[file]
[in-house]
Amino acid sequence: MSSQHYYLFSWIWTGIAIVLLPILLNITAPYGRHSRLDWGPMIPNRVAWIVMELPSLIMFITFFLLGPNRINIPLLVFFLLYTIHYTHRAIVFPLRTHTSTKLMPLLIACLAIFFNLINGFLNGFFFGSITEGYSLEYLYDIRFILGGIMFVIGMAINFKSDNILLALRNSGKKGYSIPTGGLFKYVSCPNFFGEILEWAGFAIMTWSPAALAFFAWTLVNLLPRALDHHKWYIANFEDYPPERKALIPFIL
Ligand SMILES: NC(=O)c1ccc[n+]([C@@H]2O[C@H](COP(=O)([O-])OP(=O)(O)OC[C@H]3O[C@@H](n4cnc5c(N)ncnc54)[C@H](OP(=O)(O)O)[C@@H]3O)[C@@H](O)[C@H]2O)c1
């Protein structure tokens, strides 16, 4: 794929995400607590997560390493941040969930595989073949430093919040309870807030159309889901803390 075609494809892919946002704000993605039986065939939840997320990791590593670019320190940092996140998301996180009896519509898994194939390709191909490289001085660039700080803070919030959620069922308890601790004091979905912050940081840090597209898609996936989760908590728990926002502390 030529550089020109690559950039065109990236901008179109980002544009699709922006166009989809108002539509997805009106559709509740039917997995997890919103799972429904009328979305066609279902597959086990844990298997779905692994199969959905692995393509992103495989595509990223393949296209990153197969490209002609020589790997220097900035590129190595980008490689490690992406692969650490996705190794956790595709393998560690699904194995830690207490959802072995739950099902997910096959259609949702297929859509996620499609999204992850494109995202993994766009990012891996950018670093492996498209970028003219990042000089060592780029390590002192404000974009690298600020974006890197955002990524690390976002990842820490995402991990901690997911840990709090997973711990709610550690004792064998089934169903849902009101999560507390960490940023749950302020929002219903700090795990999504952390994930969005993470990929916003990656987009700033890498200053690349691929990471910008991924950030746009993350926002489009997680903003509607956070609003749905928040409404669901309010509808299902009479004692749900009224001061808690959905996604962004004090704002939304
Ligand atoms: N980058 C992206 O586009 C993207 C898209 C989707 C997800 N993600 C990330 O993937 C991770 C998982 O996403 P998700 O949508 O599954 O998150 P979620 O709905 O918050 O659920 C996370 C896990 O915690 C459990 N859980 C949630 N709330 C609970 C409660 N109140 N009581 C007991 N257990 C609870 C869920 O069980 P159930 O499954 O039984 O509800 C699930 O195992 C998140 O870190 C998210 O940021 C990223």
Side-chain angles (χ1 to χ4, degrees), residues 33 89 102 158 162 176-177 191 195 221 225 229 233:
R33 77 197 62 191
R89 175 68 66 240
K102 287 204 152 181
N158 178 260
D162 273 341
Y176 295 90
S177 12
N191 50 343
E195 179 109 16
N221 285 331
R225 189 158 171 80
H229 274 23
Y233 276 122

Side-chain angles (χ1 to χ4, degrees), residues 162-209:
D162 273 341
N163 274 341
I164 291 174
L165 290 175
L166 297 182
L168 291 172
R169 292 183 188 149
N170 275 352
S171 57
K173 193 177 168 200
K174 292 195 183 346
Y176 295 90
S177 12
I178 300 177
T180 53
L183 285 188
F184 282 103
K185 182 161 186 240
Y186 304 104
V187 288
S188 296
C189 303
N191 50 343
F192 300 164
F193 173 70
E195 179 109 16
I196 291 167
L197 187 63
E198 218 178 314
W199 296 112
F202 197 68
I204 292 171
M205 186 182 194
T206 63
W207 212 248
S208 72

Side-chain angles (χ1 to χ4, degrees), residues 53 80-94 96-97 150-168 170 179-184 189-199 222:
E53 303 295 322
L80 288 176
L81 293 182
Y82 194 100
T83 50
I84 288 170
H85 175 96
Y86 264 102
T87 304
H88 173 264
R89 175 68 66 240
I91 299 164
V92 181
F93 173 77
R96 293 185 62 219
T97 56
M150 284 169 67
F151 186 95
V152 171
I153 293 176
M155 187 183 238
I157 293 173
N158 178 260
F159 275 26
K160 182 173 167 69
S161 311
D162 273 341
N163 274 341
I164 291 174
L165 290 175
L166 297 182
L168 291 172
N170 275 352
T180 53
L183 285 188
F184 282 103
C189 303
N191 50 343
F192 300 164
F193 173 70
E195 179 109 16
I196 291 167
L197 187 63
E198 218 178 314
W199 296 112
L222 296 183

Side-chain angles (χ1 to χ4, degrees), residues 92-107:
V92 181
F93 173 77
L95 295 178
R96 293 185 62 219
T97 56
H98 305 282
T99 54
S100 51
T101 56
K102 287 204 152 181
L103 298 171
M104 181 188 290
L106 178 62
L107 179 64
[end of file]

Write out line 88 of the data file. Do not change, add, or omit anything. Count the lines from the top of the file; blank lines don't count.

L166 297 182